The Environmental Protection Agency announced last week that it had removed household hazardous waste from 5,500 properties in Napa and Sonoma counties, three-quarters of those destroyed or damaged by fire.
Sonoma County has begun process of adjusting tax assessments. The Assessor’s office was not damaged, but was closed for several days because of mandatory evacuation. Fortunately, aerial views simplify assessing properties that have been reduced to ash. Others, in rural areas or suffering partial losses, require on-site inspections and will take longer. The fires occurred the same time tax bills were being prepared. Tax revenue will obviously be lower; the real hit may come next year. The city of Santa Rosa estimates it has lost a third of its tax base.
The California Insurance Commissioner estimated insured losses will exceed $3 billion. Rebuilding costs will be high. Property owners will need to decide to rebuild exactly as what was lost, with required code upgrades, or to make changes. Shortages of contractors, construction labor and basic building materials will drive up costs. Renters, in what was already an extremely tight market, face uncertainty about what their landlords will do. Many will leave the area to find employment and housing, likely to not return.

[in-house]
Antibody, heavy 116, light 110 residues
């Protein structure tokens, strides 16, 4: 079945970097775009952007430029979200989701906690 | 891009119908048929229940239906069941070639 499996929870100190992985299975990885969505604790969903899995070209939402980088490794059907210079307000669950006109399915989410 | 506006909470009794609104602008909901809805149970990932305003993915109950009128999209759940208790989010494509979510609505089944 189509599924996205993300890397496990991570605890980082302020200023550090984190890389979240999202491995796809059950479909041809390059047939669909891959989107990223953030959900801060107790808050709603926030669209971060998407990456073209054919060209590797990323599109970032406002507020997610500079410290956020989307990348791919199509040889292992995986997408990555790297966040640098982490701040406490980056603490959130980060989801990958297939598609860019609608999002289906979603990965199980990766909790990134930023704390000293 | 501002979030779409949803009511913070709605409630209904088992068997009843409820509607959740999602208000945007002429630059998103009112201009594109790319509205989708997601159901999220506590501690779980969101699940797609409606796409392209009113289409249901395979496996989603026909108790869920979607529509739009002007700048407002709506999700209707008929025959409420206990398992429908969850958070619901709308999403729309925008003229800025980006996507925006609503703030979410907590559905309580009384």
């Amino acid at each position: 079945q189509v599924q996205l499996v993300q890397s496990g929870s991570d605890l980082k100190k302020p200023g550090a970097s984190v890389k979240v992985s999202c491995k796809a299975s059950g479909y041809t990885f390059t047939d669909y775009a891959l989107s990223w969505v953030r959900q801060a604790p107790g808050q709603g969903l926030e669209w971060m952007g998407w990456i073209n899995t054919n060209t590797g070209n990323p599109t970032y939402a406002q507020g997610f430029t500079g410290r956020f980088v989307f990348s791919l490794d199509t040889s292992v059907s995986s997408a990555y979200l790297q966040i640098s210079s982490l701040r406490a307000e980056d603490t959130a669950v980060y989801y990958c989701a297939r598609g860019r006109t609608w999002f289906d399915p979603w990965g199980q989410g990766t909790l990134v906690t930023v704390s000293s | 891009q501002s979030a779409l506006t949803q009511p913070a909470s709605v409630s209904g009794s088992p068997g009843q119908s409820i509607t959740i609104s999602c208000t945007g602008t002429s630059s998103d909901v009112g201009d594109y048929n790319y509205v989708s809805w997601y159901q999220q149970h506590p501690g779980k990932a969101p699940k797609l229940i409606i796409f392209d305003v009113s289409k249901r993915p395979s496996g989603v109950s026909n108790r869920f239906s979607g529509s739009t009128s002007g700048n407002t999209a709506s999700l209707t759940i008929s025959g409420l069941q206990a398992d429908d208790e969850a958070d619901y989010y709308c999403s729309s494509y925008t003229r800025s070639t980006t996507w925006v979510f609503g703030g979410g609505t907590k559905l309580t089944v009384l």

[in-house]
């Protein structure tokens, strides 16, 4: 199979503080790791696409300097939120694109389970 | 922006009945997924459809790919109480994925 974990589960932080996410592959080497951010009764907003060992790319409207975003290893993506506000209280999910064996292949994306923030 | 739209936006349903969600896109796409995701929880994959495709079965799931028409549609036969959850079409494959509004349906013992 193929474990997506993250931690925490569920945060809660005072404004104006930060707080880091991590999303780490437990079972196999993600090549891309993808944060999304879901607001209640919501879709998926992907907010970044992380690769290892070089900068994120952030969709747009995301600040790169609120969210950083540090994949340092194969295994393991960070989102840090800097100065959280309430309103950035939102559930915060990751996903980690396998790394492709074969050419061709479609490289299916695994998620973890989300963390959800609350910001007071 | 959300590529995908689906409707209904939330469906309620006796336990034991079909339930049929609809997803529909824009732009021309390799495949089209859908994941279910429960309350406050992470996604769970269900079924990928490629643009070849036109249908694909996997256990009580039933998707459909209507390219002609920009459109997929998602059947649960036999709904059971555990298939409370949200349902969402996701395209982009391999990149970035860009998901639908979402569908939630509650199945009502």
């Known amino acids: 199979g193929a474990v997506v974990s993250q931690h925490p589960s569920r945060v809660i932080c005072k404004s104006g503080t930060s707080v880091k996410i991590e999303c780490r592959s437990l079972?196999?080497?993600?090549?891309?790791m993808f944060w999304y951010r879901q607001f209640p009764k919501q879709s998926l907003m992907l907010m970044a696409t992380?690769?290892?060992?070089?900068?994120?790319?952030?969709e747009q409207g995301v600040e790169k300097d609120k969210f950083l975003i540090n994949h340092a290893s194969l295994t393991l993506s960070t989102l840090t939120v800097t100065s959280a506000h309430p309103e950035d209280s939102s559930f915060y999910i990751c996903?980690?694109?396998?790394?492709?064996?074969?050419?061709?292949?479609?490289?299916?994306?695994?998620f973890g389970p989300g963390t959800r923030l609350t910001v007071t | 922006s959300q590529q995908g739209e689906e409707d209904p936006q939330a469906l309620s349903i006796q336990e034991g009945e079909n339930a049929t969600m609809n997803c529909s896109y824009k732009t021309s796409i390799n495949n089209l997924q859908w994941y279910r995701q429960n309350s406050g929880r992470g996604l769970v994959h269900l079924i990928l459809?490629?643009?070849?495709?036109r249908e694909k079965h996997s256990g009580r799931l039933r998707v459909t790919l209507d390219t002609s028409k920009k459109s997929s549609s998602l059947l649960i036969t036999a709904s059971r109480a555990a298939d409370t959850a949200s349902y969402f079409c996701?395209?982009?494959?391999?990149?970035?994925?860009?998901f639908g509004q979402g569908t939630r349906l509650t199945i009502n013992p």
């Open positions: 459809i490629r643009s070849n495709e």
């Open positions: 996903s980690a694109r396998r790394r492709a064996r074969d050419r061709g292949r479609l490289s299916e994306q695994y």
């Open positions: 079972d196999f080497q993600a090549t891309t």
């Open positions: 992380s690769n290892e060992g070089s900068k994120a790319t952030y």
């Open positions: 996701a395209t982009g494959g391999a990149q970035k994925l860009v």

Who is coming to Santa Rosa? Lawyers, swarms of lawyers, from all around the country. Although the cause of the fire has yet to be determined, law firms, eager to sue Pacific Gas & Electric, are invading Santa Rosa. As a former resident of Santa Rosa once said to journalists sleuthing the Watergate story, “Follow the money.” The giant utility PG&E has deep pockets and of course, is widely disliked. Sparks from power lines downed by high winds are one possible cause of the fires. The attorneys aren’t waiting; they’re advertising on billboards and TV, and setting up town-hall style meeting for prospective clients. And if PG&E lawsuits don’t work out, there’ll be plenty of other generally loathed, big-money targets to sue: insurance companies.
My daughter Maureen has completed her 17th marathon, this one in New York. Here is her report.
One week ago I completed the New York City Marathon. As you know, I decided to raise money for Team Fox for Parkinson’s Research, in honor of my father. I was amazed and overwhelmed by your generosity – together we raised $3,375! I want to thank you again for contributing, it means so much to me.
For those who are interested, I wanted to let you know how it went on November 5th. The NYC marathon is the largest marathon in the world; this year, 50,766 participants finished the marathon. The course starts on Staten Island and makes its way through all five boroughs, to finish 26.2 miles later in Central Park. Security is very, very tight – even more so after a man drove a rented pick up truck onto a crowded bike path in lower Manhattan on October 31, killing eight people and injuring eleven more. To get to the starting line, runners must take a bus or ferry provided by the marathon organizers. I caught my bus at 6:30 am and it took nearly two hours to get to the start village on Staten Island. I passed through a metal detector with my clear plastic bag holding my supplies – you are only allowed to take bags provided by the marathon organizers. There were police and National Guards everywhere, some holding big rifles. I was in the third wave, so I spent the next couple of hours waiting for my 10:40 am start time.